Monday, March 19, 2007

It was tax weekend, which essentially meant sitting cross-legged on the couch, laptop balanced on a pillow across my knees, taking hundreds of crumpled paper bits from the rubbermaid container, uncrumpling them, and entering the information into the laptop. We stopped at one point to go outside and take accurate measurements of the art trailer (or, as my husband would call it, the motorcycle trailer), because I am fearful that my current painting might not fit. In the studio on Friday, the last thing I did was take a rectangular cartoon and cut it into a triangular shape. In order to include elements on the the edges that I did not wish to lose, I kept having to enlarge the width of the triangle, so it is now a fairly long painting. Here was a sketch for the composition when it started:
And here is the composition now:

Tonight, after the Chapel Hill Iraq War Vigil, I will make my husband photograph me, so I can work on the bottom part of the composition. (Hint: Kandinsky)

I am contemplating making a trip back to Miami just to get some models for my new paintings. The few new friends I have made since the move just don't have the right look for these next paintings, and, back in South Florida, I knew enough people that I could always find what I was looking for, or at least locate someone to provide a departure point to work off of.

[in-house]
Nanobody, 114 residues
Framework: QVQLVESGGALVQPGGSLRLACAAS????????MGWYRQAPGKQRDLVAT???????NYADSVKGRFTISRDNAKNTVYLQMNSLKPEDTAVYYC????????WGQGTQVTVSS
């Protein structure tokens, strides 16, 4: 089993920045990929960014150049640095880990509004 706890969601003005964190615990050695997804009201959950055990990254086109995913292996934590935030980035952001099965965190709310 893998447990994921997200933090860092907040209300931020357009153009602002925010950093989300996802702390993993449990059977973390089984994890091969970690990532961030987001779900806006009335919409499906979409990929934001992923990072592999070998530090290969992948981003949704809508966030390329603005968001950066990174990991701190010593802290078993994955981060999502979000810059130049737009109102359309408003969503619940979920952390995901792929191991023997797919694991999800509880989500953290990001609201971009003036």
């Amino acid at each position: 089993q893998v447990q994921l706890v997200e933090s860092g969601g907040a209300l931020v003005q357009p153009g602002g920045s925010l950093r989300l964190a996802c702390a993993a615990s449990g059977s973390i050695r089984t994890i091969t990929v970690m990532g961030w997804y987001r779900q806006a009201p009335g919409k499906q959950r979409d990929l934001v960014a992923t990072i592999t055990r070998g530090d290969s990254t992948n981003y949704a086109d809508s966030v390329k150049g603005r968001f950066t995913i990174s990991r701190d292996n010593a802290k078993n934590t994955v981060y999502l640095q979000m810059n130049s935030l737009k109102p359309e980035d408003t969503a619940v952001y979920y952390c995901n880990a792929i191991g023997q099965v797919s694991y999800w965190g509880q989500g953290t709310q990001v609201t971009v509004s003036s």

I must confess, most of my life I have walked right past large historical paintings with lots of figures on museum walls, unless there was some stunning, amazing element in them. I have always preferred more intimate figurative works.... but my new paintings are large, with lots of figures in them. I guess that if someone told me 10 years ago that I would be doing embroideries (never mind the "with hair" part), I would have regarded them with great skepticism. Now, these complex, populated paintings.. you never know where your work is going to take you.

The new work is pushing me far out of my comfort zone: anyone who teaches figure drawing can tell you that people generally stick with a particular scale for their figures, and stay there: often, it is a small scale... (our parent's fault, for giving us 8 1/2 x 11" pieces of paper to draw on?). In figure drawing class, one of the first things you do is make people work large, so their figures can open up. In any event, I have always been comfortable with life size figures... so much easier to get all the information in there. So, with lots of small figures, the challenge for me is to keep from making a painting that will take me 5 years to finish.


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